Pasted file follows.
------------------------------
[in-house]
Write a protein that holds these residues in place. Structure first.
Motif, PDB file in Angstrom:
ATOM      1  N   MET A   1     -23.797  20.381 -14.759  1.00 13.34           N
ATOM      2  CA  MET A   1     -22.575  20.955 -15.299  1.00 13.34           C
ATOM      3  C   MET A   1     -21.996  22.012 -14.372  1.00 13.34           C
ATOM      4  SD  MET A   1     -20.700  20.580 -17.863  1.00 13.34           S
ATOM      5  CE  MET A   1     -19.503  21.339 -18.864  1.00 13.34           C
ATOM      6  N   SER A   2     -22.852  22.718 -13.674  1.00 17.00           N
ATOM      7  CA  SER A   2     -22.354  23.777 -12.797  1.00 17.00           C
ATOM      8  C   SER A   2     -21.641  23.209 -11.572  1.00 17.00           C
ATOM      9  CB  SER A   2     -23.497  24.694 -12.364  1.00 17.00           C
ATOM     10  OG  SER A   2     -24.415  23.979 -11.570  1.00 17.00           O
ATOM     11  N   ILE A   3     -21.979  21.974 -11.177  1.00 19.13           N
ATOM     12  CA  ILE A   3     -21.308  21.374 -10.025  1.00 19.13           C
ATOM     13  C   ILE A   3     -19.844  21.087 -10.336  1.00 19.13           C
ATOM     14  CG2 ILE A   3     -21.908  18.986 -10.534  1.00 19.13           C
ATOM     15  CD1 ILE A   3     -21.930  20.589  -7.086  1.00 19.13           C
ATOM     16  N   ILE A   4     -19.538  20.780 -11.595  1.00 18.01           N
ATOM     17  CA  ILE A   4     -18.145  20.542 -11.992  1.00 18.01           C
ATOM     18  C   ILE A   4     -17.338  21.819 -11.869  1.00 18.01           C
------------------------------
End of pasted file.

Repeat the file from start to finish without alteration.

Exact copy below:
[in-house]
Write a protein that holds these residues in place. Structure first.
Motif, PDB file in Angstrom:
ATOM      1  N   MET A   1     -23.797  20.381 -14.759  1.00 13.34           N
ATOM      2  CA  MET A   1     -22.575  20.955 -15.299  1.00 13.34           C
ATOM      3  C   MET A   1     -21.996  22.012 -14.372  1.00 13.34           C
ATOM      4  SD  MET A   1     -20.700  20.580 -17.863  1.00 13.34           S
ATOM      5  CE  MET A   1     -19.503  21.339 -18.864  1.00 13.34           C
ATOM      6  N   SER A   2     -22.852  22.718 -13.674  1.00 17.00           N
ATOM      7  CA  SER A   2     -22.354  23.777 -12.797  1.00 17.00           C
ATOM      8  C   SER A   2     -21.641  23.209 -11.572  1.00 17.00           C
ATOM      9  CB  SER A   2     -23.497  24.694 -12.364  1.00 17.00           C
ATOM     10  OG  SER A   2     -24.415  23.979 -11.570  1.00 17.00           O
ATOM     11  N   ILE A   3     -21.979  21.974 -11.177  1.00 19.13           N
ATOM     12  CA  ILE A   3     -21.308  21.374 -10.025  1.00 19.13           C
ATOM     13  C   ILE A   3     -19.844  21.087 -10.336  1.00 19.13           C
ATOM     14  CG2 ILE A   3     -21.908  18.986 -10.534  1.00 19.13           C
ATOM     15  CD1 ILE A   3     -21.930  20.589  -7.086  1.00 19.13           C
ATOM     16  N   ILE A   4     -19.538  20.780 -11.595  1.00 18.01           N
ATOM     17  CA  ILE A   4     -18.145  20.542 -11.992  1.00 18.01           C
ATOM     18  C   ILE A   4     -17.338  21.819 -11.869  1.00 18.01           C